Modules With Mura.js - Mura Docs v7.1

Modules With Mura.js

As introduced in the Anatomy of a Module section, developers may choose to render their modules using purely JavaScript. When doing so, the module's index.cfm file should only contain the following line of code, which informs Mura it has nothing to render via server-side processing, and all rendering will occur via the "client" or browser.

<cfset objectparams.render="client">

Then, in order to load your script(s), you'll need to use a custom event handler, and register the onRenderStart event to dynamically load your script file(s), as illustrated below.

// ../yourmodule/model/handlers/yourhandler.cfc

component extends='mura.cfobject' {

  function onRenderStart(m) {
    // if script should be included in the <head>
    arguments.m.addToHTMLHeadQueue('<script src="/path/to/script.js"></script>');

    // OR

    // if script should be included before closing </body> tag
    arguments.m.addToHTMLFootQueue('<script src="/path/to/script.js"></script>');
  }

}

By using addToHTMLHeadQueue and/or addToHTMLFootQueue, your scripts will only be loaded once, regardless of how many times your module has been applied to the layout.

The Custom JavaScript File

Assuming you've followed the instructions above to get your custom script file included into either the "head" portion of your theme, or before the closing "body" tag, you will most likely want to control when your script(s) are executed. However, you may also simply allow your scripts to run at all times.

Running Scripts on Every Request

If you merely wish for your script(s) to execute, regardless of whether or not your module has been applied to the layout, then you may simply include any JavaScript you wish. In other words, since your script files are being added on every request via your custom event handler's onRenderStart method, your scripts will automatically execute. This is useful for merely adding a utility script, such as a tracking script, etc.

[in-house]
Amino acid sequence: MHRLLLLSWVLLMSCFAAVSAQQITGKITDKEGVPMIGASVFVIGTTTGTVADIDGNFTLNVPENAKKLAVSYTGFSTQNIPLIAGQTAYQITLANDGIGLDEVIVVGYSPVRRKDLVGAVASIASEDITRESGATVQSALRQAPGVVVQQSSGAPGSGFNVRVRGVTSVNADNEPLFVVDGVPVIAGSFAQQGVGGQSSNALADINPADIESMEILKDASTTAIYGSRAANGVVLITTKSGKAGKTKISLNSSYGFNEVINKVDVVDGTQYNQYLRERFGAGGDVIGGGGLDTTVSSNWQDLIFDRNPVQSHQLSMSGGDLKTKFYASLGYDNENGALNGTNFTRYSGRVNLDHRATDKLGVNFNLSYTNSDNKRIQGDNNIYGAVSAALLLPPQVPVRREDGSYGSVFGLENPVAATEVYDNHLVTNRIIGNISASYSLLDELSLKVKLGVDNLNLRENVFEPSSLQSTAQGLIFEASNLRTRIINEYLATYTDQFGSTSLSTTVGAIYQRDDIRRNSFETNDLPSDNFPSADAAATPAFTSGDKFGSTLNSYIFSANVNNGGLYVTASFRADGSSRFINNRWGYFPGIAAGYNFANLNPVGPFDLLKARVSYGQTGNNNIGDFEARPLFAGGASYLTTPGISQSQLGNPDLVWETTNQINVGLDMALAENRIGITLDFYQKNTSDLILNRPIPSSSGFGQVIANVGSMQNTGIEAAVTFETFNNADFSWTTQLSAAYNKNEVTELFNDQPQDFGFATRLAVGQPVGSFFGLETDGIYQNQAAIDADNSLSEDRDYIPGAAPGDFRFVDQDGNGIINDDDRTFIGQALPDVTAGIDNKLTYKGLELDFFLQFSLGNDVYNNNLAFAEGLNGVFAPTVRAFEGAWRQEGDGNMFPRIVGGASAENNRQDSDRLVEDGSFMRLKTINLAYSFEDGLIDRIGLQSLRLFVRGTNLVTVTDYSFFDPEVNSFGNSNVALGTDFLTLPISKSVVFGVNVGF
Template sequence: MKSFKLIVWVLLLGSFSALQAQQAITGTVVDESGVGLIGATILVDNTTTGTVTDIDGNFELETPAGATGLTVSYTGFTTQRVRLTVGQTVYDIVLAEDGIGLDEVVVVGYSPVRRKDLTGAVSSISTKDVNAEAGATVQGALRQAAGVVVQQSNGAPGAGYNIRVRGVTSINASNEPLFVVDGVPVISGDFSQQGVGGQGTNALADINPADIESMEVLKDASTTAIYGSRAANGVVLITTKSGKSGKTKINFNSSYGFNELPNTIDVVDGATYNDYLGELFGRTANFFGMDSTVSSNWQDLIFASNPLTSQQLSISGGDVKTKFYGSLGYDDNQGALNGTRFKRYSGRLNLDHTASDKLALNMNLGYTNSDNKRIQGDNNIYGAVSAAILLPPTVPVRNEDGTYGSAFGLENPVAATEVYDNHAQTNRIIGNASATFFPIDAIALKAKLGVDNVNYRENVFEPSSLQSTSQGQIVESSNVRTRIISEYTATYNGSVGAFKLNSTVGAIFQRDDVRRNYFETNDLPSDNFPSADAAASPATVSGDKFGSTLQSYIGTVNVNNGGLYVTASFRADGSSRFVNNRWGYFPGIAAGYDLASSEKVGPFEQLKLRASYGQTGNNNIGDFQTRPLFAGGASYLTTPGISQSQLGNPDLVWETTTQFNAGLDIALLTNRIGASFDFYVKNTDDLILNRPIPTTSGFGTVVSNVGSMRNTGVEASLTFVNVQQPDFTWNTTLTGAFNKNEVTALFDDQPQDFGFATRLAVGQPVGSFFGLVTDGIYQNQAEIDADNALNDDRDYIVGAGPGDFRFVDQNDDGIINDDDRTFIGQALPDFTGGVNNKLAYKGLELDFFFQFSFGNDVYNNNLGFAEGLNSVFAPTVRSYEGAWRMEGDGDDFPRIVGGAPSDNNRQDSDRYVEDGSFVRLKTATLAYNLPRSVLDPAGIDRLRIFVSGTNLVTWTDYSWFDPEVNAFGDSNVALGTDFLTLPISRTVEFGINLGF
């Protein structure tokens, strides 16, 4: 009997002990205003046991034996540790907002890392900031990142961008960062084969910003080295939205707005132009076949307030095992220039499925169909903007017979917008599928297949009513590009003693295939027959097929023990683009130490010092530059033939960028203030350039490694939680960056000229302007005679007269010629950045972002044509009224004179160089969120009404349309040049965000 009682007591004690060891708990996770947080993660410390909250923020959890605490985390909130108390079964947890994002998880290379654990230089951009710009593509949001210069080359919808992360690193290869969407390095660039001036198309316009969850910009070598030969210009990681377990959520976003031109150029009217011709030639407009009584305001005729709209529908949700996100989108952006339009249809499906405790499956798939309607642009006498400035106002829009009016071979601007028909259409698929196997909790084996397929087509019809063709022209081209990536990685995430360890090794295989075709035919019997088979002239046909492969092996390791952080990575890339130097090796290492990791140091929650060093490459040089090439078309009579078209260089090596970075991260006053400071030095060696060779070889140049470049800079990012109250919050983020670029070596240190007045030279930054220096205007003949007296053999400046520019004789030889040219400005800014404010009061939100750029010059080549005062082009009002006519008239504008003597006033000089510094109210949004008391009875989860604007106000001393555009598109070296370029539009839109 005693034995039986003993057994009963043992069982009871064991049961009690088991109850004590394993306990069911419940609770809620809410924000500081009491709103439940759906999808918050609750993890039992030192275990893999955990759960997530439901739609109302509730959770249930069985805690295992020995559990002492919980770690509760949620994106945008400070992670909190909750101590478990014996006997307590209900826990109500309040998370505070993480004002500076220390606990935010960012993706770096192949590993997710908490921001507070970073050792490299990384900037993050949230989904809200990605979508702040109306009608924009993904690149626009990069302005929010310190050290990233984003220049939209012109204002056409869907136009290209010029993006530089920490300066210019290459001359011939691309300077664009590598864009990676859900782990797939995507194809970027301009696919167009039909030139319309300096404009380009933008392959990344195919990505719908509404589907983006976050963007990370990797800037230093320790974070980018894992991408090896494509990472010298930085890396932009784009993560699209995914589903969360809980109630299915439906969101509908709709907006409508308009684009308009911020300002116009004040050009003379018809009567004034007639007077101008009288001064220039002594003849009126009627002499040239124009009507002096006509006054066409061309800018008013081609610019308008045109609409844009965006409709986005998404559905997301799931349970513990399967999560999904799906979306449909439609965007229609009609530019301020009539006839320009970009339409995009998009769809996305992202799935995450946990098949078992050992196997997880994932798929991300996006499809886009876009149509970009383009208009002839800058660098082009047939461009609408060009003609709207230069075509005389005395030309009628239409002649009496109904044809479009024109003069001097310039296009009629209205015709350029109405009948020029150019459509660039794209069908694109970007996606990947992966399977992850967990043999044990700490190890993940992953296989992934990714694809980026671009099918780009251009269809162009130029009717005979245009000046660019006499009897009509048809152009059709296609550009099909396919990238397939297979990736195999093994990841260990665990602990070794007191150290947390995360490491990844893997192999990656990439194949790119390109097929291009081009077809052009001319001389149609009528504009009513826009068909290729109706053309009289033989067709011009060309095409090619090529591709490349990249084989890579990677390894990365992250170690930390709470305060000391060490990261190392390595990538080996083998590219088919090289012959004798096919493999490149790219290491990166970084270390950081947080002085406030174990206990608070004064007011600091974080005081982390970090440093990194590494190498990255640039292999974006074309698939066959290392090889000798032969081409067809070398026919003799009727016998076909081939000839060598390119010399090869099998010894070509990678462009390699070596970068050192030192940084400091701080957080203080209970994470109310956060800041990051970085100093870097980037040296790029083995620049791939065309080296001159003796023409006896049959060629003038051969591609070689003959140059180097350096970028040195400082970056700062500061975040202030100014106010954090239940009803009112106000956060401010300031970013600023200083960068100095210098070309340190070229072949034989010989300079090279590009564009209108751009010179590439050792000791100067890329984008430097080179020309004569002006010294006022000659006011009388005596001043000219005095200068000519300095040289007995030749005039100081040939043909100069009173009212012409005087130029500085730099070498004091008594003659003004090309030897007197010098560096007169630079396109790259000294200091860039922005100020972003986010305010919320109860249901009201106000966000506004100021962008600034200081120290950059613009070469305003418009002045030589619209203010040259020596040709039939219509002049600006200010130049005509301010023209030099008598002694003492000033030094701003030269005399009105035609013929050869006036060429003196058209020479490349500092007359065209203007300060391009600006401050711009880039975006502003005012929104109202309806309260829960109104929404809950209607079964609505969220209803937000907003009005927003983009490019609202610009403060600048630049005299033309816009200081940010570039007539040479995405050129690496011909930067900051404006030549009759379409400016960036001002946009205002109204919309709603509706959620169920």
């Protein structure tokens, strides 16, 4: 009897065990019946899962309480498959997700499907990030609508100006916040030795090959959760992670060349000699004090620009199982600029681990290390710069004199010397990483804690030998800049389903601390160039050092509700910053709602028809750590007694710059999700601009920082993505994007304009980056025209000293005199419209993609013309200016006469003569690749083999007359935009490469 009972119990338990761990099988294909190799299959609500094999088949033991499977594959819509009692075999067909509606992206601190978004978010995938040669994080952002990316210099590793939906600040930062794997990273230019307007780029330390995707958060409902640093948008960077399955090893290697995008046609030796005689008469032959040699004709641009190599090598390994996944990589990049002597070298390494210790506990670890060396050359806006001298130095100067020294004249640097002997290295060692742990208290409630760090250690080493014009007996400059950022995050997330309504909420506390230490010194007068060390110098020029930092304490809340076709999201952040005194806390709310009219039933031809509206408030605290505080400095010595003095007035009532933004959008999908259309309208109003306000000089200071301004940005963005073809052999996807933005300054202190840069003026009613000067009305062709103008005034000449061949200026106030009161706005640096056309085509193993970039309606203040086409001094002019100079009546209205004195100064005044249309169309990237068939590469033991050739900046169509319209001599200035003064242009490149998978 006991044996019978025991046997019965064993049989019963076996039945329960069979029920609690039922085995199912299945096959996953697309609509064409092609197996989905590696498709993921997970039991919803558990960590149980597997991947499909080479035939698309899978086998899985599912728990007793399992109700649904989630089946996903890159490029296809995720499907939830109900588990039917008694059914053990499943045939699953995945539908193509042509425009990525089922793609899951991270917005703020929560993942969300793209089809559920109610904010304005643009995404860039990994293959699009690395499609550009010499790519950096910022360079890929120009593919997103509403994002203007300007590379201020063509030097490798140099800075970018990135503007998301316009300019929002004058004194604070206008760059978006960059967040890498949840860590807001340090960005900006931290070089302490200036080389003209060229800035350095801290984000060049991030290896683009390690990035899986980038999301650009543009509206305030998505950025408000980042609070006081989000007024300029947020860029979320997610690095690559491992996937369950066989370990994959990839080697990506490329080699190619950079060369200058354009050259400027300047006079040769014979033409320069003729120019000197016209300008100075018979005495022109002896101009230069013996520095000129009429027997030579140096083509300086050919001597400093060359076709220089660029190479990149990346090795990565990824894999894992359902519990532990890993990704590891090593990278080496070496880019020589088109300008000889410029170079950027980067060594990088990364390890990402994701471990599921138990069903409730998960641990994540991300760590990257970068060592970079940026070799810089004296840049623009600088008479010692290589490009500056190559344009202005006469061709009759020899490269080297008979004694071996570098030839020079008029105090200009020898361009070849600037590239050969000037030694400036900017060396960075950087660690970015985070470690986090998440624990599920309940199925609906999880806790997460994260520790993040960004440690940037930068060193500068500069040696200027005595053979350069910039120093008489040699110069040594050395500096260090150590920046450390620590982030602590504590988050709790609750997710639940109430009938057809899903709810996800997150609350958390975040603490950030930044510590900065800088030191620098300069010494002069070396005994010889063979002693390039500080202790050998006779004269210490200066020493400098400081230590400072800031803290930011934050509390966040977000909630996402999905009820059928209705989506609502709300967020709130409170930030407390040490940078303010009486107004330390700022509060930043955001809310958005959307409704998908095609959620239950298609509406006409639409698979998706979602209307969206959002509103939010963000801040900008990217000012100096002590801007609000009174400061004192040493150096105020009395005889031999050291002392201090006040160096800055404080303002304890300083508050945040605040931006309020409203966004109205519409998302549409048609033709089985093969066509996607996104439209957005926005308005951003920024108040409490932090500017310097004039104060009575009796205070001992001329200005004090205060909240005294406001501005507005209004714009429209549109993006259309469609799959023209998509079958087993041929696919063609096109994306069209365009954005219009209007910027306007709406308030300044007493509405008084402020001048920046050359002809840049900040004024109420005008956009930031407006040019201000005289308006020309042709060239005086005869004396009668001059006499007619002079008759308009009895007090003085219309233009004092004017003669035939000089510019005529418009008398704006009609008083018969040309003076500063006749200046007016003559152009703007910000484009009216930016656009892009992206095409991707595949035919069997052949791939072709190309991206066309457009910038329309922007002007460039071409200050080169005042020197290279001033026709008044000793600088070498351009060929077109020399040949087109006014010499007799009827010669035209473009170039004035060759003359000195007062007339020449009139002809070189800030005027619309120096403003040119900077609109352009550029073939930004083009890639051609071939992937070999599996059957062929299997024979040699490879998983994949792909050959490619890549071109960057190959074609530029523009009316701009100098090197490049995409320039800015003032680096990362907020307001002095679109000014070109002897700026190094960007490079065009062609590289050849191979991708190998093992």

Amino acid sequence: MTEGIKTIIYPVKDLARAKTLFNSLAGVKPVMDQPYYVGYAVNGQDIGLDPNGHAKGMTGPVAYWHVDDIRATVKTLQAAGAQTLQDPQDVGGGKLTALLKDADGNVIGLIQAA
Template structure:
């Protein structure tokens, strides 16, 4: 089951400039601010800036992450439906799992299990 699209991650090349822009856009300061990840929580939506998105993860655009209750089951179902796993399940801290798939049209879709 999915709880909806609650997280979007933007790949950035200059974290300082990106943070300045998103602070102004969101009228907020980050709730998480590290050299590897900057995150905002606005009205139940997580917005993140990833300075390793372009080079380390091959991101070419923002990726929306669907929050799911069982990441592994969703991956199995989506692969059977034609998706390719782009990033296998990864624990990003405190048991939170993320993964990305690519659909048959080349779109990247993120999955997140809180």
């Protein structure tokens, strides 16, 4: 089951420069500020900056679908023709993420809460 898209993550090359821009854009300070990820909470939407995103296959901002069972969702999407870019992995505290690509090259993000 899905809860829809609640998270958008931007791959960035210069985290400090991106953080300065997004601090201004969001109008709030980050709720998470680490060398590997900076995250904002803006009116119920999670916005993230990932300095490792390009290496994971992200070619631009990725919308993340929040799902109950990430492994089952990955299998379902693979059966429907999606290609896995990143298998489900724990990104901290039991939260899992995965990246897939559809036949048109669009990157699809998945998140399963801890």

The content of your script file may look as simple as the following example.

// your-script.js
console.log('Hello from your module!');

Running Scripts Only If Your Module Has Been Applied

Unless your scripts are utilities, such as tracking scripts, developers will most often wish their scripts to execute only when the module has been applied to the layout. In addition, when the module includes a configurator, each instance of the module will have access to its own configuration information.

First, it's important to understand that modules rendered via the client, are automatically registered to Mura's namespace under Mura.Module.YourModuleDirectoryName. Also, Mura will automatically invoke a "render" method via Mura.UI, on each request. By defining your own "render" method, you're able to pretty much do whatever you want.

The example below illustrates a skeleton script. You should substitute "yourModuleDirectoryName" with the actual directory name of your display object.

// your-script.js
Mura.Module.YourModuleDirectoryName = Mura.UI.extend({
  render: function() {
    // Your code goes here ...
    return this;
  }
});

this.context

When using JavaScript to render a Mura "Module" via the client, developers are most interested in two (2) primary pieces of information:

  1. How to target the container element of where the module has been applied to the layout.
  2. How to access "objectparams", or the data collected via a configurator.

You can easily access either of these by using "this.context" in your custom script.

  • this.context.targetEl
    • Use this to target the container element of where the module has been applied to the layout. Keep in mind, each instance of the module in the layout will have its own, unique container element.
  • this.context.{yourObjectParam}
    • Use this to access any "objectparams", or data collected via a configurator. Each instance of the module will have access to its own, unique configuration data.

The example below illustrates how to use the above information, and may be used as a starter file in your own projects.

// your-script.js
Mura.Module.YourModuleDirectoryName = Mura.UI.extend({

  render: function() {
    // reference to the container element
    this.container = Mura(this.context.targetEl);
    
    // assuming you have an objectparam named 'mytext'
    var txt = this.context.mytext || 'mytext is empty';

    // Having fun by replacing the content of the container
    // Remember, using Mura.js, we can do jQuery-esque DOM manipulation
    this.container.html('<h3>Hello from yourDisplayObject</h3>');
    this.container.append('<h4>' + txt + '</h4>');

    // The rest of your code goes here ...
    return this;
  }

});

If you're interested in seeing what else is available via Mura.UI, feel free to review the code found at https://github.com/blueriver/MuraJS/blob/master/src/core/ui.js.

To see an example of how to use Mura.js along with Mura ORM, Grunt, and Handlebars, visit https://github.com/stevewithington/muracontacts/tree/js.